Sonia Gandhi, 66, described as "de facto head of India", is ranked 21st among the world's 72 most powerful. She takes the third spot after German Chancellor Angela Merkel (No.5) and Brazil's Dilma Rousseff (No. 20) among the nine women, more than ever before.
Indian Prime Minister Manmohan Singh, 81, takes the 28th spot with two other Indians, Reliance Industries chairman Mukesh Ambani, 56, ranked 38th, and ArcelorMittal chairman and CEO Lakshmi Mittal, 63, in the 51st position.
While Putin climbs to the top spot as he "continues to solidify control over Russia and the international stage", Obama drops to second spot with his "lame duck period (has) seemingly set in earlier than usual for a two-term president".
Obama is followed by Communist Party of China general secretary Xi Jinping (No. 3), Pope Francis (No.4) and Merkel (No. 5).
Rounding out the Top 10 are Bill and Melinda Gates Foundation co-chair Bill Gates (No. 6), US Federal Reserve chairman Ben S. Bernanke (No. 7), Saudi King Abdullah bin Abdul Aziz (No. 8), European Central Bank president Mario Draghi (No.9) and the highest ranking active businessperson on the list - Wal-Mart CEO Michael Duke (No. 10).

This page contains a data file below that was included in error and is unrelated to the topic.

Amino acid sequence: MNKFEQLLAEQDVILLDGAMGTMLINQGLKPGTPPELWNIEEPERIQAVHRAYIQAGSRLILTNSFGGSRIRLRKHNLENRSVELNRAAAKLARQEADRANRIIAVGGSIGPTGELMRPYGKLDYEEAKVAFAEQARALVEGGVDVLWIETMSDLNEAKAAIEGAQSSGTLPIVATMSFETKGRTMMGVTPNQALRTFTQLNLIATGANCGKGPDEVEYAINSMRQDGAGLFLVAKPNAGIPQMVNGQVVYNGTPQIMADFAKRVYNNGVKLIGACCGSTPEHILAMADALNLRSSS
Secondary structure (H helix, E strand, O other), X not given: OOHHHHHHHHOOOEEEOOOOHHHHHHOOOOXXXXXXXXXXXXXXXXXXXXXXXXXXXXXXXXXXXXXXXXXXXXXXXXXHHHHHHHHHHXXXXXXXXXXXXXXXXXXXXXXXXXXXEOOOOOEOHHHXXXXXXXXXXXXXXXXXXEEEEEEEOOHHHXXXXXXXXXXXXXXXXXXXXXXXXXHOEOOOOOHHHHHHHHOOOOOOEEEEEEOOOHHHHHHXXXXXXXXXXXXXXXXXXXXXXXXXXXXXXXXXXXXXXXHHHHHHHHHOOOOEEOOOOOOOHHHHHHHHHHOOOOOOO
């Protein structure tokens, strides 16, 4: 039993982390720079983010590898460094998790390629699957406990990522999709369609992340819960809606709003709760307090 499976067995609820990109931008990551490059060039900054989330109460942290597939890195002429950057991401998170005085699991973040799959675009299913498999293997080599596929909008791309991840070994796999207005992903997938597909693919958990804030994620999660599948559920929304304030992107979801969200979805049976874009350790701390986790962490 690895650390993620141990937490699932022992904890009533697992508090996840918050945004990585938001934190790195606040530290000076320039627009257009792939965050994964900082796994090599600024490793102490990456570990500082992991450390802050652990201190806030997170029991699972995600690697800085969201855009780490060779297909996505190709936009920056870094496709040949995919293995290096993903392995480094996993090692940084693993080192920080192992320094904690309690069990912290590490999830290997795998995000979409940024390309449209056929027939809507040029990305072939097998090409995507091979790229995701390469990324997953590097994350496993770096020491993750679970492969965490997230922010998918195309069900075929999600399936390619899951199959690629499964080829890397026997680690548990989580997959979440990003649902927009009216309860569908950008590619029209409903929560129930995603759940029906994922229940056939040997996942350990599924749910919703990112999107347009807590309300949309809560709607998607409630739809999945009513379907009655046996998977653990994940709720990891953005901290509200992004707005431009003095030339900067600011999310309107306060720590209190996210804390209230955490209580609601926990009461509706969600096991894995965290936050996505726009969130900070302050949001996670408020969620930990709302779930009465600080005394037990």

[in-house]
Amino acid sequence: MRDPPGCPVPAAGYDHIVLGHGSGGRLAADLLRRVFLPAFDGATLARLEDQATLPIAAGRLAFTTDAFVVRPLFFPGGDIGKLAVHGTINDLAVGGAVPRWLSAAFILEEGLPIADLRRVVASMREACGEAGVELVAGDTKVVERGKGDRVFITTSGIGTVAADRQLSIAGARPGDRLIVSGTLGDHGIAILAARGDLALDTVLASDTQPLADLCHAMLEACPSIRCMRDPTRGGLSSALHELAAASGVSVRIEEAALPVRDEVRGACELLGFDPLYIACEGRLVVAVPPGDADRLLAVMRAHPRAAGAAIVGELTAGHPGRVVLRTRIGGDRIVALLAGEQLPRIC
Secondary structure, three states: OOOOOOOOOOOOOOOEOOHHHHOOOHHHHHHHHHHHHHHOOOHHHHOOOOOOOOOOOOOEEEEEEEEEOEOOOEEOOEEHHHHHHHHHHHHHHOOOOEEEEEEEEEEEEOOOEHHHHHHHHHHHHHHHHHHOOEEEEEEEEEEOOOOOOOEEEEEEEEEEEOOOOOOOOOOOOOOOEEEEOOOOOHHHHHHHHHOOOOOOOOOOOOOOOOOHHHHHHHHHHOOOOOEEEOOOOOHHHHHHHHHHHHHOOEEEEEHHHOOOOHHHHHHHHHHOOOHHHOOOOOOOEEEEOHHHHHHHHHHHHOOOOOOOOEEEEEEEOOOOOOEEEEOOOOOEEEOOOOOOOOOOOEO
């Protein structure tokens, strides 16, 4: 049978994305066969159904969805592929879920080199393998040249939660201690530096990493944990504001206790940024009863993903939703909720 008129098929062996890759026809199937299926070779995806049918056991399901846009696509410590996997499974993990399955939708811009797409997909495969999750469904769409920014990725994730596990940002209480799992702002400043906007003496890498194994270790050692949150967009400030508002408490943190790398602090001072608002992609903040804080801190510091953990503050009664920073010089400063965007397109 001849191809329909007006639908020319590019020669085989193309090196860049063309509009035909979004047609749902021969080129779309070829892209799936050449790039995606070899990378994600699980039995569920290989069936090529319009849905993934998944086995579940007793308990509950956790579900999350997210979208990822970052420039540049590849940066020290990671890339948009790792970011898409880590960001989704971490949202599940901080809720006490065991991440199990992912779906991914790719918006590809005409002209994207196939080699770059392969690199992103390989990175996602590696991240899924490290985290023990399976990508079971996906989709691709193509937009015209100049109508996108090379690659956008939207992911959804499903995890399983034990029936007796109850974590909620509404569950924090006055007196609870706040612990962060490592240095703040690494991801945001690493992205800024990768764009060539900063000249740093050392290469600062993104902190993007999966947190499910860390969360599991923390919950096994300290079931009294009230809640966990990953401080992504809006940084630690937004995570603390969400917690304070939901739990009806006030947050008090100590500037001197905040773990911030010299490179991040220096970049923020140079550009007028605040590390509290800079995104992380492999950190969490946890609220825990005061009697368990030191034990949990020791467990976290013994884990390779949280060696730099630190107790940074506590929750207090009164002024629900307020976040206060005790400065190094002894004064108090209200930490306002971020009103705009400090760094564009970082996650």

British Prime Minister David Cameron (No. 11) dropped out of the Top 10 to take the 11th spot.
Among the 13 newcomers to the list (and new to their positions) are Pope Francis (No. 4), China Investment Corp chairman Ding Xuedong (No. 36) and Governor of the Bank of Japan Haruhiko Kuroda (No. 39).
Forty percent (or 26 people) on the list are billionaires, with their combined net worth totalling $564.1 billion - more than the GDP in Sweden, according to The World Bank Group.
Four are from India and four from China. Facebook CEO Mark Zuckerberg (No. 24) and North Korean leader Kim Jong-un (No. 46) are the youngest on the list, at ages 29 and 30 respectfully.